This type of diabetes is also known as insulin dependent diabetes. Its nature can be deduced from its name. This type of diabetes results from the destruction of the beta cells that produce the insulin hormone which means that the pancreas does not release enough insulin for the purpose of regulation of the blood sugar level. When untreated, this type of diabetes can prove to be ultimately fatal. However, the use of insulin supplement has been proven as a sufficient method to control the disease. The therapy of insulin must be conducted indefinitely if a person is to survive this disease (Matthews & Dyson 2008). However, there is no general way in which this disease can be controlled. This means that patients are trained on how to control this disease independently.

As a result of this, every person with the disease should make necessary adjustments, in terms of their medical lives to ensure that they are in a position to diagnose and prevent fatalities. Type 1 diabetes can be differentiated from type 2 by autoantibody testing – glutamic auto antibodies acid decarboxylase (GADA), insomnia- associated antibodies, zinc transporter auto antibodies and islet cell antibodies. In type 1 diabetes, there are several of complications that may arise from low blood sugar or high blood sugar level. Both of these are a result of the process how the insulin is released and replaced. Low level of sugar in the blood may result to occurrences of unconsciousness in individuals. This may require immediate treatment. In the short term, this disease may lead to the acquisition of diabetic ketoacidosis. In the long term, this may lead to organ damage, eye damage and other complications in the body (Kudlow 1988).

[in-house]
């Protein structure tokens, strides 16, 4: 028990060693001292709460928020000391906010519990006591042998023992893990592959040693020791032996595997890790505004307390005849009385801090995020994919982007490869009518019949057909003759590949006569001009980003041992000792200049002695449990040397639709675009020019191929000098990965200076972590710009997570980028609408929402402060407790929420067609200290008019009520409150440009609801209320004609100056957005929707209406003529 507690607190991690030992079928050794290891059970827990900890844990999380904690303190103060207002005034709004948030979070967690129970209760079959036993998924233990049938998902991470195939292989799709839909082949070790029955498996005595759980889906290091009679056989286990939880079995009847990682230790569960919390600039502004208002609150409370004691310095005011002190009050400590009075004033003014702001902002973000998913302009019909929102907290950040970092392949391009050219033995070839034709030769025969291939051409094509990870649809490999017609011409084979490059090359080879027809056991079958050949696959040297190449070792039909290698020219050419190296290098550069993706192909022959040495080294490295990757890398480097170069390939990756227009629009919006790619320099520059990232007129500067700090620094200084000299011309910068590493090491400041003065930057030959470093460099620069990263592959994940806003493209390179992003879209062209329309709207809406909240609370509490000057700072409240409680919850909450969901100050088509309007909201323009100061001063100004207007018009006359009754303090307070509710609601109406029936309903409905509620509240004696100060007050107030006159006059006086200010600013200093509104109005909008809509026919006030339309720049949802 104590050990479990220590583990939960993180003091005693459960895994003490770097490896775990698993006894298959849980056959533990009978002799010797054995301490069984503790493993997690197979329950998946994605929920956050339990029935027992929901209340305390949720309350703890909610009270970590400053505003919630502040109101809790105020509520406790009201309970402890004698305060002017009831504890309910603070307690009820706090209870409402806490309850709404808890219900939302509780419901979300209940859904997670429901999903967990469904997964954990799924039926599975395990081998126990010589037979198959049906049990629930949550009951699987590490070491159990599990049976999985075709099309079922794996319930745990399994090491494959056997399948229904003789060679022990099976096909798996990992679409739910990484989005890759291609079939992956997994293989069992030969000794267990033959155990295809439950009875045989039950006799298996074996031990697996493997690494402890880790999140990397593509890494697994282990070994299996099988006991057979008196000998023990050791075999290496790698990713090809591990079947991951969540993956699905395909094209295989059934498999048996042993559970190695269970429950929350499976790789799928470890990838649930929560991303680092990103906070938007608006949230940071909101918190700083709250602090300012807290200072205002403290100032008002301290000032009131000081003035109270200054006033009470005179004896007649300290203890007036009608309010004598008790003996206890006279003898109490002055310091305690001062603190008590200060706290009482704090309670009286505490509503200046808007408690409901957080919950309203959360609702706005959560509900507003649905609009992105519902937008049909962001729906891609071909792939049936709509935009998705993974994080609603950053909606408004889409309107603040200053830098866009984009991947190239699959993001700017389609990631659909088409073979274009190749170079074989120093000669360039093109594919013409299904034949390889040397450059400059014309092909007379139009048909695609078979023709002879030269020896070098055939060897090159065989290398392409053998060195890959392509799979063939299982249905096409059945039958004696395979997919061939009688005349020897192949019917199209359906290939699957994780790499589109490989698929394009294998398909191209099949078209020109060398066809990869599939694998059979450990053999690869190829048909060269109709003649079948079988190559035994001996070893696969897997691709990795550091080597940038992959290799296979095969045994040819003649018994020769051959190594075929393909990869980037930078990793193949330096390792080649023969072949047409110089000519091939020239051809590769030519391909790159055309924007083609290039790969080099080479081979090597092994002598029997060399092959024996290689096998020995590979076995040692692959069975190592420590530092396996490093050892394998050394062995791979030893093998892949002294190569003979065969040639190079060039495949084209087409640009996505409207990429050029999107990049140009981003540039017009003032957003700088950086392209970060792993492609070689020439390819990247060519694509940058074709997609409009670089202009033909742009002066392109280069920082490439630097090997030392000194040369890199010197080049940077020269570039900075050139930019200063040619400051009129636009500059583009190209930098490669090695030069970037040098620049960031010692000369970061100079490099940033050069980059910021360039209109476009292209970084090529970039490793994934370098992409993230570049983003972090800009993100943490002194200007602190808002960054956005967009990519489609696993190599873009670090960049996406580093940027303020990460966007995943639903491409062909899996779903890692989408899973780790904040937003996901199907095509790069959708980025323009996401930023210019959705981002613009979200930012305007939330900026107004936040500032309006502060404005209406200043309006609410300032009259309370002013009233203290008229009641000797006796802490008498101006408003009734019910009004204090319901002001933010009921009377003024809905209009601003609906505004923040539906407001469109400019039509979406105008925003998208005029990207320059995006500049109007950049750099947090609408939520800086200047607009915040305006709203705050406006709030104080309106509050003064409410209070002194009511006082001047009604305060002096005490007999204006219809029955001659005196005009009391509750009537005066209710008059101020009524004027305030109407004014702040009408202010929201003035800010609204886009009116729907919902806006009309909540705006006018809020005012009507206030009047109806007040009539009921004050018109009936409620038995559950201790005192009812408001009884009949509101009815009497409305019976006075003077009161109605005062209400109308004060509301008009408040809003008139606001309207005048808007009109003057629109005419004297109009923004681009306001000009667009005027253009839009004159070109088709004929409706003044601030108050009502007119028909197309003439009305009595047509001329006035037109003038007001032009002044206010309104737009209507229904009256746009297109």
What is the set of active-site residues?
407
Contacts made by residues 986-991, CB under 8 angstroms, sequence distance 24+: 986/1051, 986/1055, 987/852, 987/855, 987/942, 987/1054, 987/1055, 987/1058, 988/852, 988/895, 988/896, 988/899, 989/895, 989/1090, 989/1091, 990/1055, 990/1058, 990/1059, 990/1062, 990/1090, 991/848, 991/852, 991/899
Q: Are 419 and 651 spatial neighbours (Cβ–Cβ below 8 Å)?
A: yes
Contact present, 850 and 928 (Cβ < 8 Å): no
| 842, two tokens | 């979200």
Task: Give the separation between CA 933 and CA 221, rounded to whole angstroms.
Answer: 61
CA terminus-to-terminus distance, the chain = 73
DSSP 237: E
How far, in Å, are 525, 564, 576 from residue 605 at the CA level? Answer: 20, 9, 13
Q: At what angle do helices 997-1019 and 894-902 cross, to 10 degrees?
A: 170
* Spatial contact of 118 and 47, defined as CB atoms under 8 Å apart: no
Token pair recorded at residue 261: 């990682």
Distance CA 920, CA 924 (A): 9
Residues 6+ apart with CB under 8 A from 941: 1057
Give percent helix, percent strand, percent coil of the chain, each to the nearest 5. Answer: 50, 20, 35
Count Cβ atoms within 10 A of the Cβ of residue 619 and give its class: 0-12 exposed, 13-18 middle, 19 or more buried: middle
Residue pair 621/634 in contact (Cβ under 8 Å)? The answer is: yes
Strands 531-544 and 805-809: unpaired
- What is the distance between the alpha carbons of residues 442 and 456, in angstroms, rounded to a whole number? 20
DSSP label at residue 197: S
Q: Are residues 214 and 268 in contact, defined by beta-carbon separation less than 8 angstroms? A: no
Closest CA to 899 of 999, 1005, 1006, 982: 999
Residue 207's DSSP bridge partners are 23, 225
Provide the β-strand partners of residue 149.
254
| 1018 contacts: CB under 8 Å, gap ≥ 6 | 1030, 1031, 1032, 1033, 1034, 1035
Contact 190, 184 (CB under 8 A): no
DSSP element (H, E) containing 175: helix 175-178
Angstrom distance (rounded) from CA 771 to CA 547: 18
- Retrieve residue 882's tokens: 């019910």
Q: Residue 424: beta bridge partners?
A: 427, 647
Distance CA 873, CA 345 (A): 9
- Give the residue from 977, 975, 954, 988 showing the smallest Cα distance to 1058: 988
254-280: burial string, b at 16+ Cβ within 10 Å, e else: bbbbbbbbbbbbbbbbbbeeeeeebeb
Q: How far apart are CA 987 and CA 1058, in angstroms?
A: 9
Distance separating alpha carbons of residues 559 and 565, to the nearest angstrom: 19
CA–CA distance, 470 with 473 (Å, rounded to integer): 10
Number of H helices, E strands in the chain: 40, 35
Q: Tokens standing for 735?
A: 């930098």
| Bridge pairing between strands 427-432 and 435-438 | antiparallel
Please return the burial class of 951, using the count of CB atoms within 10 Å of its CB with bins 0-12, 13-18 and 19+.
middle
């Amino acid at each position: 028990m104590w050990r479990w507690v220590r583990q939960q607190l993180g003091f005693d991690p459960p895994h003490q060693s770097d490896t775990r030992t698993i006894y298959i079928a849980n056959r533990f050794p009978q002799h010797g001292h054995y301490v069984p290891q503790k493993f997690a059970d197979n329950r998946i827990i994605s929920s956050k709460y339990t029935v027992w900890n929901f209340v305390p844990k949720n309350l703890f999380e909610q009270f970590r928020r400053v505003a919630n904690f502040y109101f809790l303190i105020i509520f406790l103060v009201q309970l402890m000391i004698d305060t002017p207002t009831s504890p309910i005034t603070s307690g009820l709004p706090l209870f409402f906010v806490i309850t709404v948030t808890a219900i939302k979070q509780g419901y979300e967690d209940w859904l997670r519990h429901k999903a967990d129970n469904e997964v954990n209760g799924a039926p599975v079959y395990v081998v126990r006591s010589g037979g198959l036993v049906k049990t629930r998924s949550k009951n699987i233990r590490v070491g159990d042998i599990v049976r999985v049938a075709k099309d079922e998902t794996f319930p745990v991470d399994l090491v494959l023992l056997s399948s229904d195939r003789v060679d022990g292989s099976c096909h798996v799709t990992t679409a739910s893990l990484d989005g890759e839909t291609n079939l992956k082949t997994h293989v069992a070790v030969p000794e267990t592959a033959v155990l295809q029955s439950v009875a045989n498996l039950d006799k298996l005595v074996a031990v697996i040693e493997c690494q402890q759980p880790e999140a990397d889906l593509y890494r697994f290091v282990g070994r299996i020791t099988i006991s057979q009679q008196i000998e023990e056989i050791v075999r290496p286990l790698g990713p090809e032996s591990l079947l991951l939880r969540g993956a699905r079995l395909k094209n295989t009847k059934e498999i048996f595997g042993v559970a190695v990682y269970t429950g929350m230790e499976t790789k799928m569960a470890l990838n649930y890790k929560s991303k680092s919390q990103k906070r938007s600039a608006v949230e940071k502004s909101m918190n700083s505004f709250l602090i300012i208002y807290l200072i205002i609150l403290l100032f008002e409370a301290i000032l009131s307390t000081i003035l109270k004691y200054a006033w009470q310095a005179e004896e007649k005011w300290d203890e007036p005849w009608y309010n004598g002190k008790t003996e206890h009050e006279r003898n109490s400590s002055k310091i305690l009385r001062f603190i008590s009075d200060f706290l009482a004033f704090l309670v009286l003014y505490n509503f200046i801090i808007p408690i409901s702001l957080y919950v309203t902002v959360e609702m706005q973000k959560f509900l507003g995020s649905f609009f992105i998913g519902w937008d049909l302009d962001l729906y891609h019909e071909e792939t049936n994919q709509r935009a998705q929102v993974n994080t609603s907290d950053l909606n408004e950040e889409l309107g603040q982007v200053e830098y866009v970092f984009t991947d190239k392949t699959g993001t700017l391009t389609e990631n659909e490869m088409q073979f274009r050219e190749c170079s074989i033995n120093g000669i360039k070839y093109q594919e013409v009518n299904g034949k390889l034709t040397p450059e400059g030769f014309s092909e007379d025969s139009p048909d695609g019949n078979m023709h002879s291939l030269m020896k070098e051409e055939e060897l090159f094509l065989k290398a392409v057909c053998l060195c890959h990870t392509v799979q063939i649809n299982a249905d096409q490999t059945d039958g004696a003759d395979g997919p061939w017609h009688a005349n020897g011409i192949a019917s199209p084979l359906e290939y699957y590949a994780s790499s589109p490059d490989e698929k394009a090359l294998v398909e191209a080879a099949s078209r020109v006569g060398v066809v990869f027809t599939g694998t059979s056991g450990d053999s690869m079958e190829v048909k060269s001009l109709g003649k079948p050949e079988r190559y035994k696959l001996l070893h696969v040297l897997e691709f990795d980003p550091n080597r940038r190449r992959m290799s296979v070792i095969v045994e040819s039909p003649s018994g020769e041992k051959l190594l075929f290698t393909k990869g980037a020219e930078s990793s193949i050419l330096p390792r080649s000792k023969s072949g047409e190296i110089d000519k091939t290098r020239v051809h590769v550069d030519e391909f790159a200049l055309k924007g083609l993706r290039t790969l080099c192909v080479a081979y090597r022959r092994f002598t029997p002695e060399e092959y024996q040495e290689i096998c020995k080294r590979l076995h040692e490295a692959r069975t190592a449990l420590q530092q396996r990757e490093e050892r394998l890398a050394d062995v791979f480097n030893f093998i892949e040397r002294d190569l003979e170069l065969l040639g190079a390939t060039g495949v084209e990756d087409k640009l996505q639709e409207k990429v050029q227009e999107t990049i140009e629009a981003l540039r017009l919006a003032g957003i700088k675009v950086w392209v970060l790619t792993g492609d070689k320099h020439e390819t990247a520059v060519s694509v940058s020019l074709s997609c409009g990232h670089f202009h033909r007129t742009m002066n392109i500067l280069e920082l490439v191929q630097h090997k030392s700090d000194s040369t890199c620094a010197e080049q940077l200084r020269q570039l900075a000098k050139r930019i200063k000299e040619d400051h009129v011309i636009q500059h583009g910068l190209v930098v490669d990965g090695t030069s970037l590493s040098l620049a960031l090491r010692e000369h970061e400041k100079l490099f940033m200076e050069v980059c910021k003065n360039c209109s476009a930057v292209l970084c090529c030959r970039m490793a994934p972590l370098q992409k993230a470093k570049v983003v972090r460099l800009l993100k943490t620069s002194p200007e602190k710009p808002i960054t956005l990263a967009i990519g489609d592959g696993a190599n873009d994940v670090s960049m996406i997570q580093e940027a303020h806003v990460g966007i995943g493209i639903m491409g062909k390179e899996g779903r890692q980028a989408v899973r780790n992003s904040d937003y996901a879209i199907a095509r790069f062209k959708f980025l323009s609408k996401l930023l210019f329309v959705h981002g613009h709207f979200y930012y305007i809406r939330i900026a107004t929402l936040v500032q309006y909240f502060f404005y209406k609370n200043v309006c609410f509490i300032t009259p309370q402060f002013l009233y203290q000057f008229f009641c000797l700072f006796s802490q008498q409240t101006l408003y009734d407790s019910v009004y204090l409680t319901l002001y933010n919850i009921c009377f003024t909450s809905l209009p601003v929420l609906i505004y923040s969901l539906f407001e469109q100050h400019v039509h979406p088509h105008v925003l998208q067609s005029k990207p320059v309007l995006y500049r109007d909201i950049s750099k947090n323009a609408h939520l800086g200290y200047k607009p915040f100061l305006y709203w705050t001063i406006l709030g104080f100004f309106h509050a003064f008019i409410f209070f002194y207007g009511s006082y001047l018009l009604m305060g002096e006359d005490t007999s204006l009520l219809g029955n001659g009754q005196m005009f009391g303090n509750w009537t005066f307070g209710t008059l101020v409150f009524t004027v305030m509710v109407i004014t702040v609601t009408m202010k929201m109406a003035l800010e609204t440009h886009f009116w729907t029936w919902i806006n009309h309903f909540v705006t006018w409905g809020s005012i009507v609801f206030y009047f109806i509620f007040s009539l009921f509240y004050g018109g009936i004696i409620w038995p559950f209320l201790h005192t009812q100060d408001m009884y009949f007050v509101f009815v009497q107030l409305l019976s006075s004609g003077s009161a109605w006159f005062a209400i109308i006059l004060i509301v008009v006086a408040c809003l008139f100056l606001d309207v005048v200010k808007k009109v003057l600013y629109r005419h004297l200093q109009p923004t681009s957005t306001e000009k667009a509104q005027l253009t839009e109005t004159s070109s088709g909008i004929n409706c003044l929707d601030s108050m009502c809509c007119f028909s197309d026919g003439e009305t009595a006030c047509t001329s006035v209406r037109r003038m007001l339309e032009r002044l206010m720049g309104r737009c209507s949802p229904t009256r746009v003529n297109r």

Prevention and Diagnosis

At the moment, diabetes mellitus type 1 is unpreventable. However, the fact that it is fatal has caused most researchers to look into the matter and try to come up with a solution. In their quest, they discovered that there could be prevention. However, it has not yet been verified or proven. They stated that during latent autoimmune stage, it is possible to prevent this disease, before it starts destroying the beta cells. This can be achieved by healthy lifestyles that do not leave an individual prone to most of the diseases that get a chance. However, unhealthy lifestyles can be a tool to ensure that this disease consumes the individual faster that it should have, if they had been diagnosed in the right way (Belfiore 1998). Persistent hyperglycemia is the main condition accounted in the diagnosis of type 1 diabetes mellitus. The fasting plasma glucose level should not go above 7.0 mmol/l. If it does, this is a way to diagnose type 2 diabetes mellitus. The plasma glucose should also not be above 11.1 mmol/l. the causal plasma glucose should also not exceed 11.1 mmol/l. Lastly, Glycated haemoglobin should also not exceed 6.5. However, this has not yet been accepted by the World Health Organization (Kudlow 1988).